As you have heard us say before, malicious hackers are opportunists. So it doesn’t surprise me in the lease to find that hackers are now disguising malware of all makes and models as the app currently trending worldwide.
Researchers from the anti-virus company ESET have found three malicious apps related to the app sensation, Pokémon Go. The first one is called the Pokémon Go Ultimate. But the only thing that is “ultimate” about it is that ultimately locks you out of your phone. ESET felt this particular malware was the biggest threat as it immediately locks up any device after being installed. Restarting an infected phone doesn’t resolve the issue either. The infected phone can be unlocked either by removing the battery or by using the Android device manager, but Ultimate isn’t done with you yet. The malicious continues to run in the background, surreptitiously clicking on any ads you might come across when surfing the web or playing games in an attempt to generate revenue for its creators.
ESET uncovered two other fake Pokémon Go apps in Google Play. Guide and Cheats for Pokémon Go (which should be a warning to you as “cheats” for any game runs the risk of you being banned from it, if caught by game developers) and Install Pokemongo run ransomware and scareware to trick users into buying expensive and unnecessary services to “protect” their phone from malicious apps (ironically like Guide and Cheats for Pokémon Go and Install Pokemongo), or pay money to get rid of it.
Pokémon Go is not the only app that hackers are trying to emulate on Android phones. Since February of this year FireEye has discovered 55 malicious programs in Europe using an app interface overlay technique. The European smartphone network has been fighting against a recent wave of malware delivered through apps designed to look like Uber, WhatsApp, Facebook, and Google Play. If you have heard of at least one of these apps, you understand how popular these services are and how careful consumers need to be. This malware which struck Android users in Denmark, Italy, and Germany has been spread through a phishing campaign over SMS. The link installs the malware that creates a fake user interface as an overlay on top of actual real app. The overlay interface then asks for credit card information which is sent to the hacker. You don’t realize that it is malware because it looks like whatever app you’ve brought up.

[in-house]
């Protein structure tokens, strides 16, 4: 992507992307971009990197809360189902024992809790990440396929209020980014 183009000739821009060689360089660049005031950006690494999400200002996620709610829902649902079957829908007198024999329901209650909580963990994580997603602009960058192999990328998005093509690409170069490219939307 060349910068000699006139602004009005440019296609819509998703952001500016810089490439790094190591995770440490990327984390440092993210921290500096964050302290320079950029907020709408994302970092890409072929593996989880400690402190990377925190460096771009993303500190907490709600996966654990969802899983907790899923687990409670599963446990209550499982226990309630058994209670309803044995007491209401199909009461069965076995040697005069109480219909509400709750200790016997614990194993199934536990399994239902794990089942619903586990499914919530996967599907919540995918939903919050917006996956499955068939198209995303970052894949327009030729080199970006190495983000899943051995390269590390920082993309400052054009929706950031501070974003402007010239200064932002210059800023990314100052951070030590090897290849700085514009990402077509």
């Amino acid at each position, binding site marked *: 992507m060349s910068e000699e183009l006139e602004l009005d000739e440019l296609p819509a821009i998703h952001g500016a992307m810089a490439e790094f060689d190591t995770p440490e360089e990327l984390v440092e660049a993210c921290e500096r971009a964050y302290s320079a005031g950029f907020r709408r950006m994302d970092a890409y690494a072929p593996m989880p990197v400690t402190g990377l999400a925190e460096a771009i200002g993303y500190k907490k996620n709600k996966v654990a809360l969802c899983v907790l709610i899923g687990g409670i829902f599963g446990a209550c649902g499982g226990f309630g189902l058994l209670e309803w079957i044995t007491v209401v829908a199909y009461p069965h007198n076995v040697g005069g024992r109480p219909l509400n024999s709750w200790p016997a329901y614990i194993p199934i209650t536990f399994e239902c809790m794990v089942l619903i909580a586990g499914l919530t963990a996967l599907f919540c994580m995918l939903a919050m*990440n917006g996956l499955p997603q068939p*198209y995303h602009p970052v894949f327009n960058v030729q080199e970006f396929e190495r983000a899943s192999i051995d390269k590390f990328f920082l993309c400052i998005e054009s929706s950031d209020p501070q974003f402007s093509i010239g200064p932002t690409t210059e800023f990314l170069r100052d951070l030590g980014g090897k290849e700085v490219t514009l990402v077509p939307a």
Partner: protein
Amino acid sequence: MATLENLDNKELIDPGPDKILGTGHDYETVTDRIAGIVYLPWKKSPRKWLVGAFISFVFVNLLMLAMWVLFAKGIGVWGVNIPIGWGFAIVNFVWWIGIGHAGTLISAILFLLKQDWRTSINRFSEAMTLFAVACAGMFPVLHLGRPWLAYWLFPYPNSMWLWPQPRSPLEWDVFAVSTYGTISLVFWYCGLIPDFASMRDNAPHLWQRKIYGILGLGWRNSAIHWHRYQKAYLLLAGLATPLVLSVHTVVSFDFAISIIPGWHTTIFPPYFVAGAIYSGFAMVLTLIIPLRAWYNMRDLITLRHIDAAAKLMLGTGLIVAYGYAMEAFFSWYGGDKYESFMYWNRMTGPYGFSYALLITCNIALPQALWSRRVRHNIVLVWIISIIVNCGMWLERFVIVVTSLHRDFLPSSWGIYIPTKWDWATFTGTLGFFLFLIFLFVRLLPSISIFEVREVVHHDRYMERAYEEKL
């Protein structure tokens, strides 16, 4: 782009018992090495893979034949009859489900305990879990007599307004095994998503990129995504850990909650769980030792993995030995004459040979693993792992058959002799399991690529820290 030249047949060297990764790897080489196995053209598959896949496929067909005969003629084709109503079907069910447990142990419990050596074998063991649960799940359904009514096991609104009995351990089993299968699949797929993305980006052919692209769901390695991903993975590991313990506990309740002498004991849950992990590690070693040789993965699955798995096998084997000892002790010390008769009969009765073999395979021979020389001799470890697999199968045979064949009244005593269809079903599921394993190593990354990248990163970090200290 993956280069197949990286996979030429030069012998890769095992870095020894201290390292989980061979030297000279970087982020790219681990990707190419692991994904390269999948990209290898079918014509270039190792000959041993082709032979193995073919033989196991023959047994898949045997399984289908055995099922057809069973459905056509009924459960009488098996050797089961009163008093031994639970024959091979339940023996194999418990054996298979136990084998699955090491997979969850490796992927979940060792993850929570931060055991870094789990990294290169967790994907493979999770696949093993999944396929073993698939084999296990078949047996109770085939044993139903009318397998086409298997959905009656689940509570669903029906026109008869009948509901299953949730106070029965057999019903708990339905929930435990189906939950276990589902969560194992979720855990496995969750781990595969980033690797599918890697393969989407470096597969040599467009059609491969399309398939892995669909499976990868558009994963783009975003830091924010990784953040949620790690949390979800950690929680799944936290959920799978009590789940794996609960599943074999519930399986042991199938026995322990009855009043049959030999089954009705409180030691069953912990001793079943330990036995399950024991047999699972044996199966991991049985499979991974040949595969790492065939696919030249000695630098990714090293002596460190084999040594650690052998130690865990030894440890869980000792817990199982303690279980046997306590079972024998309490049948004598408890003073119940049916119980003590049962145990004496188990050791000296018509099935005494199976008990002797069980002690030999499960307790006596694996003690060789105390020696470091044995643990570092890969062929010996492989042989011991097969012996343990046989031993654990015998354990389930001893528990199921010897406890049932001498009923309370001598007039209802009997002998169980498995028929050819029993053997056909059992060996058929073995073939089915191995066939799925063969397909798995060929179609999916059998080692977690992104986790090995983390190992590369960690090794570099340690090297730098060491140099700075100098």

Security experts have tracked back the origins of this malware back to the United Arab Emirates, Italy, Latvia, Netherlands. The most recent wave of this malware is in Europe now. If you think we’re dodging a bullet here, we’re not. It’s going to be reaching American shores soon, but we can take precautions. Watch what you are downloading, and be particularly careful when receiving links from unknown senders on SMS and email. Remain vigilant, and know what you’re clicking and downloading from the Internet. It never hurts to ask questions online before acting.
A research physicist who has become an entrepreneur and educational leader, and an expert on competency-based education, critical thinking in the classroom, curriculum development, and education management, Dr. Richard Shurtz is the president and chief executive officer of Stratfdord University. He has published over 30 technical publications, holds 15 patents, and is host of the weekly radio show, Tech Talk. A noted expert on competency-based education, Dr. Shurtz has conducted numerous workshops and seminars for educators in Jamaica, Egypt, India, and China, and has established academic partnerships in China, India, Sri Lanka, Kurdistan, Malaysia, and Canada.